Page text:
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What is Neurology?

Neurology is a specialty devoted to the function of the nervous system, including motor and sensory functions, cognition, and sleep. Neurologists encounter a range of disorders including: headache, stroke, epilepsy, multiple sclerosis, movement disorders (Parkinson’s disease), cognitive/behavior disorders (dementia/Alzheimer’s), neuromuscular disorders (ALS, myasthenia gravis, muscular dystrophy, Guillain-Barre and other peripheral nerve disorders), neuro-oncology, neuro-ophthalmology, neuro-otology and vertigo, sleep, neuro-HIV/ID, pain, neuro-radiology, and trauma. Neurologists can pursue fellowships to gain expertise in one of these subspecialty areas, which are generally 1 to 2 years long.

How do neurologists spend their time?

There are many different career paths within the field of neurology, and you can choose between almost any mix of inpatient, outpatient, clinical work, and research. Some neurologists go on to take faculty positions in academic institutions to pursue basic science or clinical research in addition to their clinical work. Others choose to work in the community (i.e. in private practice or other non-academic organizations). Traditionally, much of their time is spent in the outpatient setting. However, some neurologists take call at local hospitals and see inpatients as a consultant. There are few full time neuro-hospitalists that attend on a Neurology Ward or Consult-Only service, but the field is trending in that direction. Of note, neuro-ICUs are popping up in many hospitals around the country, with many residents now pursuing fellowships in neuro-critical care. These neuro-intensivists are trained to care for critically ill patients in the ICU.

Although there are many high-tech studies available to the neurologist, the history and physical exam still hold the greatest information for diagnosis. For this reason, neurologists successfully petitioned to bill for longer office visits (30-45 min) than most other specialties (15-30 min).

A large percentage of research is dedicated to the neurosciences. Recent advances in the way neurologic disease is diagnosed and treated have broadened the field to make it less purely diagnostic and more therapeutic. Neurologists now have more long-term follow up with patients. Yet, many of the brain’s mysteries remain untapped, resulting in countless research opportunities. In general, those who choose neurology as a specialty vary greatly in personality types. Applicants, however, all share a common fascination for how the brain works and its intricate connections with the rest of the body.

According to AAMC Careers in Medicine, starting salaries for neurologists in clinical practice range from $134,000 to $270,000, and starting salaries for neurologist in academic medicine range from $149,000 to $210,000 (January 2016).

How to pursue neurology training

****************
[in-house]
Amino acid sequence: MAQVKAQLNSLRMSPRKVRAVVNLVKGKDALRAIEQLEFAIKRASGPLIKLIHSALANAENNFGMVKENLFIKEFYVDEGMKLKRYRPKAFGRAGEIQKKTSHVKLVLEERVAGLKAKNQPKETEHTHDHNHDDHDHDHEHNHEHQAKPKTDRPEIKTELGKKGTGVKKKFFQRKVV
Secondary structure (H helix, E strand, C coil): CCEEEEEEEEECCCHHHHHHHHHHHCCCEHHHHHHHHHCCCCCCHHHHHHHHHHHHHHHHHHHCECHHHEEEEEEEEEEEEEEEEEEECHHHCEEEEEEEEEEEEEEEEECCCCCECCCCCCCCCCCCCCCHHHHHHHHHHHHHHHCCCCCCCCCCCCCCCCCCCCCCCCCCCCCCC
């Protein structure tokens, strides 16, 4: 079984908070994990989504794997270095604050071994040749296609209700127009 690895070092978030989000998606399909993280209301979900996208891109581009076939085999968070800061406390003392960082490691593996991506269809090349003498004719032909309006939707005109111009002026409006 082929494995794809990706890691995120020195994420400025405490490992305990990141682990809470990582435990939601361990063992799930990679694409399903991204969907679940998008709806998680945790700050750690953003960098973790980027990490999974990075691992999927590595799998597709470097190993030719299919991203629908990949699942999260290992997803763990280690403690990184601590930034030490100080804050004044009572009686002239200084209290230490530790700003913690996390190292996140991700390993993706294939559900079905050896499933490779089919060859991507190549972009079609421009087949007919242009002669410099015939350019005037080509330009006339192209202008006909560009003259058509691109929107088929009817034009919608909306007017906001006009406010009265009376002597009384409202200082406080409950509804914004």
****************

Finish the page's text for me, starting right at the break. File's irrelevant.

• Adult vs. Peds: The application processes for 4th year medical students differ, depending on if you want to become either a general adult neurologist or instead, a general pediatric neurologist. See the pediatric neurology tab on the left side of the screen.  
    1. Do you see children if you undergo training to become an adult neurologist? Depends. It is possible to see children with only adult neurology training if practicing in a rural community. ACGME requires an adult neurology resident to complete a minimum of 3 months of training in pediatric neurology. In addition, you could potentially treat children through various subspecialties of neurology, such as epilepsy, movement disorders, neuromuscular disorders, etc.
  • Adult Neurology Program Options: Neurology is part of the National Residency Matching Program (NRMP), and applicants provide information through the ERAS application. Neurology residency training includes 1 preliminary year and 3 years of neurology. Neurology residency programs are either categorical or advanced. There are also a few combined neurology/medicine (5 years), neurology/psychiatry (4-5 years) and neurology/neuroradiology (7 years) programs.
    1. Categorical programs are 4-year programs that include a preliminary year. These programs do not require a separate application for a preliminary year. Conducting your preliminary (as known as intern) year at the same hospital as the rest of your neurological training has many benefits, such as providing opportunities: 1.) to become acquainted with the hospital, staff, electronic medical systems, and other trainees and specialists outside neurology, and 2.) to complete up to 4 rotations in neurology during your intern year, which can allow you to become familiar with the neurology department and hit the ground running as a PGY2. In other words, you get started with neurology training sooner.
    2. Advanced programs are 3-year programs that do not include the first year of internal medicine (preliminary/intern year). These programs require a separate application for a preliminary internal medicine program. Some programs collaborate with internal medicine and are able to guarantee all of their residents spots in the preliminary internal medicine year. These programs often do not require a separate interview. Meanwhile, other programs are able to guarantee some but not all spots and may require a separate interview. You always have the option of doing your preliminary year elsewhere. For instance, you could do your internship in a community-based setting or closer to home. Of note, the neurology ACGME has specific requirements for the intern year (8 months of internal medicine or 6 months internal medicine + 2 months of peds/ER/FamMed). When making your rank list, each advanced neurology program will have an associated list of preliminary internal medicine programs that is linked to it.

    The Application Process